Synopsis from Goodreads:
Pioneer Girl follows the Ingalls family’s journey through Kansas, Missouri, Wisconsin, Minnesota, Iowa, back to Minnesota, and on to Dakota Territory sixteen years of travels, unforgettable experiences, and the everyday people who became immortal through Wilder’s fiction. Using additional manuscripts, letters, photographs, newspapers, and other sources, award-winning Wilder biographer Pamela Smith Hill adds valuable context and leads readers through Wilder’s growth as a writer. Do you think you know Laura? Pioneer Girl: The Annotated Autobiography will re-introduce you to the woman who defined the pioneer experience for millions.
You might call me a Laura Ingalls Wilder fangirl. You might even go so far as to call me a “Bonnethead” (look it up – this is actually a thing.) If I could have, I would have been at the first two “Laurapalooza” events held in Minnesota in 2012 and 2013. If I could, I’d go to the one being held this year.
I mean, I first read an actual biography of LIW back in my early teens – Donald Zochert’s book, Laura: The Life of Laura Ingalls Wilder (a fantastic book with a horrible cover). I’ve read articles, and books, and… I should probably stop now before I embarrass myself any further.
Suffice it to say, most of the information in Pioneer Girl wasn’t new to me. To a certain extent, it felt as if I were reading something I’d read many times before, because it’s been referenced so often in the biographies that I’ve read. Much of the information included in the annotations was also read previously.
Still, that doesn’t mean that this isn’t a worthwhile book to read. For more casual LIW fans, it will be interesting to read the differences between the fictional Ingalls and Wilder families, and the real life ones. For more avid fans, it’s fantastic to actually have a “real” copy of Pioneer Girl (copies have floated around on the internet for a while, or you could pay for photocopies from the Herbert Hoover Library in Iowa, where the originals are housed) and to have all of the photographs.
Because of the way the book is set up, I did find it hard slogging at first. The original Pioneer Girl manuscript was written longhand, with no chapter or section breaks. Pamela Smith Hill, this version’s editor, has divided the book into sections of time and/or place. But with the annotations alongside the text, rather than as endnotes to each section, I found myself feeling like I should read each annotation as they came up. And there are a LOT of annotations. I mean, a LOT. Like, more than the actual text (some of them were REALLY superfluous, but that’s just my opinion.) I was getting really frustrated, because it was impossible to get into any kind of flow. I was also starting to get really dejected, wondering if maybe my beloved Laura really wasn’t as good as I’ve always firmly believed.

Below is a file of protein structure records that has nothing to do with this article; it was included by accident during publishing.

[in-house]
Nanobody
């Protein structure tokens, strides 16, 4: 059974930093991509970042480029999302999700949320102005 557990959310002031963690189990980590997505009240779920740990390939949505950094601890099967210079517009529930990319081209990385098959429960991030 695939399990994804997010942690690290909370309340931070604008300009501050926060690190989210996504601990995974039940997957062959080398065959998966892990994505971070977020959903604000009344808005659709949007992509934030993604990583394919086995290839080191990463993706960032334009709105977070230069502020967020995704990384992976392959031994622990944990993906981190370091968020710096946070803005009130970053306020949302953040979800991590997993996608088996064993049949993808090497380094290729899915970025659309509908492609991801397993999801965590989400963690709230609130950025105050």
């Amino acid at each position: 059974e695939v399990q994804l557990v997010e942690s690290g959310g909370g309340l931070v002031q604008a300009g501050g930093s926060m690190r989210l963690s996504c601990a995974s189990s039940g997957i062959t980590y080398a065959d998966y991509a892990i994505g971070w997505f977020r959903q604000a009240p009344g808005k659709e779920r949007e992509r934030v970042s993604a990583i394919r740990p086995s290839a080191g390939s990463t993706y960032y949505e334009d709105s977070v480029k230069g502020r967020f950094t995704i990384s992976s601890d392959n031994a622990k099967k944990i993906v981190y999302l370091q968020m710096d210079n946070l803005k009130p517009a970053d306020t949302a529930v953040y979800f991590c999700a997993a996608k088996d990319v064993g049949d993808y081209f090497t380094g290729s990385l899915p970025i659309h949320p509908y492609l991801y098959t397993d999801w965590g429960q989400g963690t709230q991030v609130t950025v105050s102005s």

But then I decided that I would read an entire section, and THEN go back and read the annotations for that section. Of course, every once in a while I’d be curious, and have to read a note, however for the most part, I found it a much smoother read after that.
Some of the appendices also seemed a bit excessive, for example the reproduction of the “Juvenile Pioneer Girl” manuscript, typed and edited by Rose Wilder Lane. I found myself skimming by the point, as in the sections about the Benders, a Kansas family of serial killers, whom LIW included in later drafts of Pioneer Girl, even though evidence would suggest that it might be more “truth” in the way of Lane’s biographies of Jack London or Charlie Chaplin (hint: they were more “based on a true story” than actually true.)
I think one of the most valuable parts of this edition of Pioneer Girl is that, given it is taken directly from Laura’s first draft, we can see for ourselves that Laura was quite a capable writer on her own. Yes, it’s a first draft, and I know that I would be horrified if any of my first drafts were published in this way, and it can be a bit jerky at times, going from memory to memory like bouncing down a dirt road in a buggy drawn by Barnum (if you’ve read the books, you’ll get the idea), but then you get a line like this:
Later in the day, when the sun shone warmly, little reddish brown and black striped gophers would pop out of their holes in the ground and sit straight up on their hind legs with their front paws down close at their sides, so motionless they could hardly be distinguished among the grasses and if seen looking like a stick stuck up in the ground. (Page 231)
and you just know it’s Laura: she makes the ordinary seem so vivid. Especially after reading this book, I don’t believe for a second that those descriptive passages all came from Rose. She may have had a heavy hand in editing and forming the books, but I believe that it was her mother who wrote them.
Rating: 4.5/5 very heavily biased stars
Buy it on Amazon.ca, Amazon.com, Chapters/Indigo, Barnes and Noble (no e-book versions available) NOTE: As of this writing, the book is sold out on all sites, but orders are being taken for when the next print run is completed.